mumsnetBack along, my family and I swapped a house for a three-acre field in Devon and a leaky caravan where we lived off-grid for two years. Sadly, we failed to get the planning permission we needed to stay. We are now back within four walls, with a proper loo and everything in a cottage in Dartmoor. So this is now a blog about living ethically amid a fabulous landscape with our home educated kids while we adjust to being 'normal' - for a while... and what we plan to do with our land next

Sunday, 14 July 2013

When the cat's away

I have become reunited with taps and electricity sockets - and space - oh my goodness, glorious glorious space.

We are living in an ancient cob cottage in a lovely village below one of the most fabulous landscapes in Britain. There are parts of Dartmoor that are heart-stoppingly pretty, but we are living on the north side of the moor where the scenery is more spectacular - huge, granite-topped tors dotted with trees whose branches are caught in freeze frame pointing in the direction of the wind. It is so breathtaking, I still laugh out loud when I turn a corner and see Cosdon hill rising up before me.

So, yes, we have landed on our feet somewhat - after months of an increasingly desperate search for somewhere to live. More of which will come in another post.

But for now, we are in and sort of settled and I am still finding immense pleasure in the concept of running water. In fact, it was all going so well that I felt it was all a bit too good to be true. And so fate intervened to bring us back down to earth and engineered a cat to go missing.

Much of the struggle to find a suitable property revolved around the dog and cats. Especially the cats. They have lived all their lives pretty much in fields and we wanted somewhere that they would be happy and also not too close to any main roads.

We moved them over early on and they settled in very quickly adopting their usual routine of lounging around on people's beds during the day and spending the night waking me to tell me they required letting out or to noisily consume a mouse on the bedroom floor.

But about 10 days ago, Oscar didn't come home. And he hasn't returned since.

I have always affected a resigned tolerance of the cats. The children and I have developed a little psychological game where I am disparaging about the cats and they are rude about the dog. 'Why don't we just buy some poison instead?' I am heard to intone frequently while perusing the cat food aisle in the supermarket. And I make it my duty to point out their shortcomings as many times a day as possible.

The children in turn refer to the dog as the 'smelly fat pig' - and with some justification. She is, in truth, a little portly and when she lies on her side does bear more than a passing resemblance to a black sow. And she has a whiff about her that I find deeply comforting but Gully refers to as a 'stink'.

I am, as you can probably tell, one of those owners who is completely soppy about their dog. 'Look at those ears!' I coo. 'They must have been made in a special ear shop that specialises in perfect ears.'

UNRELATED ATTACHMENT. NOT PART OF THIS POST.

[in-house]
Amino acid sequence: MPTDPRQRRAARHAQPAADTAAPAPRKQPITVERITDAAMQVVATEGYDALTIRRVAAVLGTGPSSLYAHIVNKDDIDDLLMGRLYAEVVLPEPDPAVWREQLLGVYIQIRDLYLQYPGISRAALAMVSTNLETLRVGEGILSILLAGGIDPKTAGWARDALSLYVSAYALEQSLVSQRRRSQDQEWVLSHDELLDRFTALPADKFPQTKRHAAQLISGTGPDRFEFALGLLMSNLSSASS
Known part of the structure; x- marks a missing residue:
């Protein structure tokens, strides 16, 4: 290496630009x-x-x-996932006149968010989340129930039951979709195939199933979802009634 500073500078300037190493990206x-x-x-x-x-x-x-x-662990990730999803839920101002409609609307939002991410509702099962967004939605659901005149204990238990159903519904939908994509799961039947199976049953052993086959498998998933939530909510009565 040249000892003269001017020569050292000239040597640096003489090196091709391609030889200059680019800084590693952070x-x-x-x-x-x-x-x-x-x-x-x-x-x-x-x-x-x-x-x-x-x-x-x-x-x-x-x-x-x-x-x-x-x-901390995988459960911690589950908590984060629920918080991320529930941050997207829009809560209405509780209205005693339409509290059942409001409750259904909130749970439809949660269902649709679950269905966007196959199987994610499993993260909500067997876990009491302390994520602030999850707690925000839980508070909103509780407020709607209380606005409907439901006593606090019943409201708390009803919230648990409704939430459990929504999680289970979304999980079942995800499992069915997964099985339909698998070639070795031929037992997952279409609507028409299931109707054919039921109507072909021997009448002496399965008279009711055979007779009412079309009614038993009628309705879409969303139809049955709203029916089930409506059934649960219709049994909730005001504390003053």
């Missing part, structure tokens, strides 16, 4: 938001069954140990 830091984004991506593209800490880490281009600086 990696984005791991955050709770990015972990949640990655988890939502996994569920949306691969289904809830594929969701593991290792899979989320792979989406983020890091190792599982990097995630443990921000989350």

I haven't quite reached the level of a friend whose previous nanny had knitted him a jumper that matched his large black and white dog. He was the news editor of a fabulous but slightly chaotic press agency I worked for. Liking dogs enormously was part of the job description. Ted was, and is, one of the most brilliant journalists I have ever met. He could simultaneously file a report about a kerb-crawling vicar from notes taken in court while flicking through the latest edition of Your Dog, to which he often sent pictures of his hound, Siva. She (for she was a she) was a magnificent shaggy beast who slept noisily in the corner of the office. She would awake for titbits, which she took with a ferocity suggesting she had never been fed. I will forever remember the look on the face of Geoff Lakeman, the Man from the Mirror, as he examined his fingers having  inadvisedly handed her half an unwanted pasty.

I am, in fact, pretty soppy about any dog and I never could see the point of cats - they always seemed to me, observing my sister's, to be a one-way street - appearing only at meal times with a persistence bordering on loutishness. The saying goes: A dog says, 'you pet me, you feed me, you shelter me, and you love me - you must be God'. A cat says, 'you pet me, you feed me, you shelter me, and you love me - I must be God.' And that pretty well sums up the difference between the two.

Oscar, when he was almost cute
But for all that, I have secretly become very fond of the cats. They are little works of art - so poised and neat and supremely built for purpose. Good engineering, I always think, is when beauty meets functionality - and cats do that in spades. So despite the cracks about poison and winter fur hats, I find I am really upset about Oscar's disappearance. I've put 'missing' posters everywhere and have been touched by how kind people in the village have been. Every night I walk around the village boundaries calling him and then stand in the garden shaking his bag of food. I invariably come back in with a wet face - and all because of a stupid cat - goodness knows how people with missing children or partners cope.

Neither can I bring myself to be rude about our remaining cat - Oscar's sister, Tanny, which means things have indeed come to a pretty pass. Still, if he ever does come back, I can fill my boots - and maybe I really might treat myself to a furry cat-shaped winter hat.

Tuesday, 30 April 2013

Smoke gets in your chai

They asked me, one day in a Sainsbury's aisle, how I knew whether I was getting a good deal on my utility bills.

I, of course, replied that I was getting a very good deal on my utilities thank you all the same, since they came courtesy of Mother Earth.

This caused a passing man to stop in his tracks, turn back, and comment: 'I just wanted to say, that is the best answer I have ever heard.'